During a tumultuous period where I was constantly tossing up whether or not to quit the UK , I decided that I definitely needed to have done some more travelling before heading home with my tail between my legs. One of the results was a more or less spontaneous decision to sign up for a trip across Russia over Christmas and New Years with some buddies from the ABS.
Choosing a destination on a whim like this can be extremely liberating - you have no overblown expectations, you have no real preconceptions about how good it should or will be, but on the flip side, you have absolutely no idea of what you're getting in to. It wasn't until I'd already handed over my massive wad of savings that I found out Russian winters often dip below -30C, and that there is still a major issue with tourists being ripped off by corrupt police. Nevertheless, a little research (any guidebook) and preparation (new thermals and snow gear) had me excited about peering through the rusty iron curtain.
The trip kicked off in St Petersburg, which completely lived up to everyone's reviews as one of the most beautiful cities in Europe. The Hermitage was even more extensive than I was expecting, and after half-a-day staggering between the halls crammed with art, I was very much ready to have a culture detox by checking out the freaks in the Kuntskamera. Sublime to the ridiculous.
In a similar vein, following one night spent at the ballet seeing a modern interpretation of Giselle (which no-one could follow - I blame the suitcase of babies and the fact the duke and the dancer looked alike), we saw 'Feel Yourself Russian!', a cheesy show of folk music and dance. Despite the cheese factor, it was a fun night out and the Cossack dancing is mighty impressive. That was followed by a night on the turps in an underground bar. By the time we surfaced, the mild winter had turned to blizzard and no one could remember how to get back to the hotel. Luckily the vodka fairies were looking out for us.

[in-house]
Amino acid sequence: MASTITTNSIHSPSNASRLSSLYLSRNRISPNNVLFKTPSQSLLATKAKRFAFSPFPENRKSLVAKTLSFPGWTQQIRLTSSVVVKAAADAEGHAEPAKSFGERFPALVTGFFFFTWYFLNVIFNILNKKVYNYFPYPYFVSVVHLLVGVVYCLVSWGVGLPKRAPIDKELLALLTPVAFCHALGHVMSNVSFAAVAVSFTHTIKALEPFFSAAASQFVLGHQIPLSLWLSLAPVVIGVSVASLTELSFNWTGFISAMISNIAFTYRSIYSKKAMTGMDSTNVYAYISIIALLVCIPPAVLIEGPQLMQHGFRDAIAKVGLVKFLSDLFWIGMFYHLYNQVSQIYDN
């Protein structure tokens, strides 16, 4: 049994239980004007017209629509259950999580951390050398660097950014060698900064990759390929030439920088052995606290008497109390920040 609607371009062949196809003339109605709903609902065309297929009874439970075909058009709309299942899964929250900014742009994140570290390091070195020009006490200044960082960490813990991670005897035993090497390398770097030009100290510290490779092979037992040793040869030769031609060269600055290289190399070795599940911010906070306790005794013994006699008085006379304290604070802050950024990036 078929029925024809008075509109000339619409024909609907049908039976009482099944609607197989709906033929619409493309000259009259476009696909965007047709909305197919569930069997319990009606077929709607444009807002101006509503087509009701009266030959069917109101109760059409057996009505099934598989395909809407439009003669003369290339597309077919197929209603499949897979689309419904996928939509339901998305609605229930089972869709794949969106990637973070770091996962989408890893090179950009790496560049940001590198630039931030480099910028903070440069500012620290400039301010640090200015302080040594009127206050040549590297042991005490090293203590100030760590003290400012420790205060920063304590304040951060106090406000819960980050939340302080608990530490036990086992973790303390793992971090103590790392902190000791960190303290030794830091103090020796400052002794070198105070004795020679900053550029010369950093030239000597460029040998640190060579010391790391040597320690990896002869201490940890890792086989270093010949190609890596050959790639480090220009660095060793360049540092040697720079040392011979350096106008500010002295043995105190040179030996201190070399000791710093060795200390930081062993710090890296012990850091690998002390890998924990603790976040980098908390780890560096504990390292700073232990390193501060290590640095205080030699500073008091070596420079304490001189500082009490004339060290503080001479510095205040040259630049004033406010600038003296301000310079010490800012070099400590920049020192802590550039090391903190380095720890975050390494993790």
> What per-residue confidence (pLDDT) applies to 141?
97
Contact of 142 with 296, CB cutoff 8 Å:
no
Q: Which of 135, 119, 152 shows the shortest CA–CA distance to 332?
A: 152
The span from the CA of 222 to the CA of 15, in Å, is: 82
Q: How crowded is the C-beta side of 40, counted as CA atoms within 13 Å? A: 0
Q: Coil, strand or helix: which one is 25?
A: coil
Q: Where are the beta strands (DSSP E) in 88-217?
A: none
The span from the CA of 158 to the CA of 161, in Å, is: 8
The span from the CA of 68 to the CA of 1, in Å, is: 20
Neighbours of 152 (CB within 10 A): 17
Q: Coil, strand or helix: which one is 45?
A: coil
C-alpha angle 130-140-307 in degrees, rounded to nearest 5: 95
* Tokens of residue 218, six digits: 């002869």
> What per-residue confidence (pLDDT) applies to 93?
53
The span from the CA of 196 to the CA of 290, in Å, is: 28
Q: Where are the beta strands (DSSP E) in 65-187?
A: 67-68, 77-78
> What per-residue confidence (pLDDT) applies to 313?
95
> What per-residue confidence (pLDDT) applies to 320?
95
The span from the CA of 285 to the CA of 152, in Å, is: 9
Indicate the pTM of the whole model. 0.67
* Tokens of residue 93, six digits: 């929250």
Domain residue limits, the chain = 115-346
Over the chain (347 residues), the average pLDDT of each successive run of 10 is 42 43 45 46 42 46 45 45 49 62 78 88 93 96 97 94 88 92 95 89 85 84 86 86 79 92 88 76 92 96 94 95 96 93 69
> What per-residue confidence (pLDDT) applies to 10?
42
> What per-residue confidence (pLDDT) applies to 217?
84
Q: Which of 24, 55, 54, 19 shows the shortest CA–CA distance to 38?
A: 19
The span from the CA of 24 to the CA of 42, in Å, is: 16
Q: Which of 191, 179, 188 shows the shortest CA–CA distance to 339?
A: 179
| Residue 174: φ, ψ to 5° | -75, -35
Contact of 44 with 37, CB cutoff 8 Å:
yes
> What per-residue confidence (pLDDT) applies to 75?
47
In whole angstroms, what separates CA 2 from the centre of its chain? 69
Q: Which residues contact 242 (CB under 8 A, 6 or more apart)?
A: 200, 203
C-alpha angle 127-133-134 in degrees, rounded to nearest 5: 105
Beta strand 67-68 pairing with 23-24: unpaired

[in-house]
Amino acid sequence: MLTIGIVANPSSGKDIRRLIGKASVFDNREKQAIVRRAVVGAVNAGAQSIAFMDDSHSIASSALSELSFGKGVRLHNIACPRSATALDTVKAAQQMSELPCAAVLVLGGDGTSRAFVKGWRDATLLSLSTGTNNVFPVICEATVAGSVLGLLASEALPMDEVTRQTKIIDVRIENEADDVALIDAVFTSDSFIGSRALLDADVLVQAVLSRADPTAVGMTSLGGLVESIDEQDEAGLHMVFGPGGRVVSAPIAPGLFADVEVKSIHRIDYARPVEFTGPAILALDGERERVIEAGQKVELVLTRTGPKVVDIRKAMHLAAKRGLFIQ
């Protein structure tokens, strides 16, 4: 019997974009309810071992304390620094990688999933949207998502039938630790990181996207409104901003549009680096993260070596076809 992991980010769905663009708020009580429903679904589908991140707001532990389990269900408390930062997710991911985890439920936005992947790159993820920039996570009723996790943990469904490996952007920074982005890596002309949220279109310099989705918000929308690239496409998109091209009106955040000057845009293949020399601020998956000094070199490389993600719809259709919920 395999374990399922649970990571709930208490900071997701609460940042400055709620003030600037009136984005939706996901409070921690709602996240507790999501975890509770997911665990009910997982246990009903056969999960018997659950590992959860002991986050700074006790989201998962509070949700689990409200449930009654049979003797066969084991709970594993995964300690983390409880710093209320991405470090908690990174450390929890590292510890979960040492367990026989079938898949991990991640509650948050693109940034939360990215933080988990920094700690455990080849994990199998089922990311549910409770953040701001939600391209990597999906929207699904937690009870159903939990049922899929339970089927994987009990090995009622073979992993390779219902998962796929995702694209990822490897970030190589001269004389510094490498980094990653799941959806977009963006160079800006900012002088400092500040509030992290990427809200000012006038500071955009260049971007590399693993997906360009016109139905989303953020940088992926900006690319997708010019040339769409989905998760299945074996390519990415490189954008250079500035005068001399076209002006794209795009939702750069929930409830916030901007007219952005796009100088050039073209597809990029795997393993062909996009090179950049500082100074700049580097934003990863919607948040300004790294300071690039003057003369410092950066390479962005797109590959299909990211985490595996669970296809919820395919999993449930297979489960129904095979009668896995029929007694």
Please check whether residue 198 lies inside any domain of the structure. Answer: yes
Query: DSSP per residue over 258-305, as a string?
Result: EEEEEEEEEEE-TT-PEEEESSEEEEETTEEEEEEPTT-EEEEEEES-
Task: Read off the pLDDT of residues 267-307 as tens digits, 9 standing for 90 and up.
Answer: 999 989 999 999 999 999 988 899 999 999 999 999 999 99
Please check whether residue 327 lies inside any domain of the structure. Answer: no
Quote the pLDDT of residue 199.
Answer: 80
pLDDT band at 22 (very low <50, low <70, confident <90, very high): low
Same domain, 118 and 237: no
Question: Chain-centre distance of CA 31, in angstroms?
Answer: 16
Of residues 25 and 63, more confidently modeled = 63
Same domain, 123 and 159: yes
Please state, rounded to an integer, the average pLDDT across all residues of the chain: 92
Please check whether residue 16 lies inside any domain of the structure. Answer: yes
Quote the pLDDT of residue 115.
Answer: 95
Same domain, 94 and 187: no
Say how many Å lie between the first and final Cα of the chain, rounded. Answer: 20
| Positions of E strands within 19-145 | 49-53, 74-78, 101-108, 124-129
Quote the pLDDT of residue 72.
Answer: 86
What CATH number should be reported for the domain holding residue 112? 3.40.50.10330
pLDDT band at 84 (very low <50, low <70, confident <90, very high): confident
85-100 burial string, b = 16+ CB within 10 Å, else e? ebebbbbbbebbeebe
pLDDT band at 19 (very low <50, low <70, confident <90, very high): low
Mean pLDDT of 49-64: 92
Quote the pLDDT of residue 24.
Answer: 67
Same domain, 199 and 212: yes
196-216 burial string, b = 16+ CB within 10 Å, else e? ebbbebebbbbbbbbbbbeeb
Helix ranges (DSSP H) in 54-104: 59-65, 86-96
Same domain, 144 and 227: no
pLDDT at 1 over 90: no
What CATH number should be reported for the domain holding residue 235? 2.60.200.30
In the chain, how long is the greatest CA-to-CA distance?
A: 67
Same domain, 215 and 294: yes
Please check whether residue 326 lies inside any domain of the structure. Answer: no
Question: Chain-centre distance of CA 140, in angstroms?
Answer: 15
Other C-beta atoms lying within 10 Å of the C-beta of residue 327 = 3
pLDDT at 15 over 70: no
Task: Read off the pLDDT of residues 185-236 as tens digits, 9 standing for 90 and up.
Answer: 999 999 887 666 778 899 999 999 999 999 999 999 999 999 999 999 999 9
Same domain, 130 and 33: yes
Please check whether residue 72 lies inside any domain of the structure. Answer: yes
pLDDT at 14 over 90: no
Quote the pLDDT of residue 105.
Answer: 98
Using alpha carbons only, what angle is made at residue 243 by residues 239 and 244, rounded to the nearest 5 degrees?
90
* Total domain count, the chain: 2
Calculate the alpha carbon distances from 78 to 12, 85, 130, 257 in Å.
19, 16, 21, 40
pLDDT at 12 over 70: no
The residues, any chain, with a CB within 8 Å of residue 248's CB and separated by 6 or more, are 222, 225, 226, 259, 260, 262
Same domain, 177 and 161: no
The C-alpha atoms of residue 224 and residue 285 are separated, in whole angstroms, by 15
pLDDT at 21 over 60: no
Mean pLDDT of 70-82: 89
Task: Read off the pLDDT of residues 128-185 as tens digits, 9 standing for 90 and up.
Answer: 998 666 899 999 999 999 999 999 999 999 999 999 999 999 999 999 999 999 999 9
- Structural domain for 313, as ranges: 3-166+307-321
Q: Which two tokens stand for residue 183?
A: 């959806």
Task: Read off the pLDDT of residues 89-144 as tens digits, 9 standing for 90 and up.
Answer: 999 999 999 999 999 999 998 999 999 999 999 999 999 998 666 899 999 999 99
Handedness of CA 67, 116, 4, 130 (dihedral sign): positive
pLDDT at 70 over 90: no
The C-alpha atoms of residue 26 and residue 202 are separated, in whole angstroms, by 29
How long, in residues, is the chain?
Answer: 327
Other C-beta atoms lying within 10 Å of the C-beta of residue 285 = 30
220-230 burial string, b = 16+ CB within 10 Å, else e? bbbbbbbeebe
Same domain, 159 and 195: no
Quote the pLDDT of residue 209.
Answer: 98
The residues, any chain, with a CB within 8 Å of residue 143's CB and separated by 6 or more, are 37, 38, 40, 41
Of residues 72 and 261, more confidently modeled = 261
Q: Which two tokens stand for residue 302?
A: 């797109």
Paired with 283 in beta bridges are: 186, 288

Next stop on our Russian odyssey was Novgorod, birthplace of the Russian nation. Legend has it that the town came to prominence when a local fisherman named Sadko caught a magic fish that taught him to become a percentage-taking middle-man... Sadko is honoured in the highest possible fashion in Russia - there's a vodka named after him.
For me, our brief stay in Novgorod was the highlight of the trip. Unlike St Petes and Moscow, it is a proper Russian country town, surrounded by bleak fields and buffeted by ice-cold winds roaring across the plains. It's also where we saw a Russian man so drunk he couldn't defend himself when his wife started beating his head against the wall. Yes, Novgorod showed us the real Russia!
Moscow was something else again. A huge metropolis that could be any other, except that everything isn't quite right. Public transport that runs efficiently and on time. Huge mega-clubs where the men are more interested in actually dancing than watching the topless dancing girls. Mullets in fashion. We braved the crowds and military cordons to get into Red Square for the NYE fireworks, and for the first time in a long time, I didn't find it disappointing. Just being in such an iconic place, with such a huge crowd made it all worthwhile. And we weren't even drinking vodka!
Like the trip in Spain, this trip was made all the better by the people sharing the journey. Thanks to Cass and Craig for letting me tag along, and to all the other Beetrooters for making it a great week. Funnily enough, as soon as I touched down in London, I started feeling completely miserable again...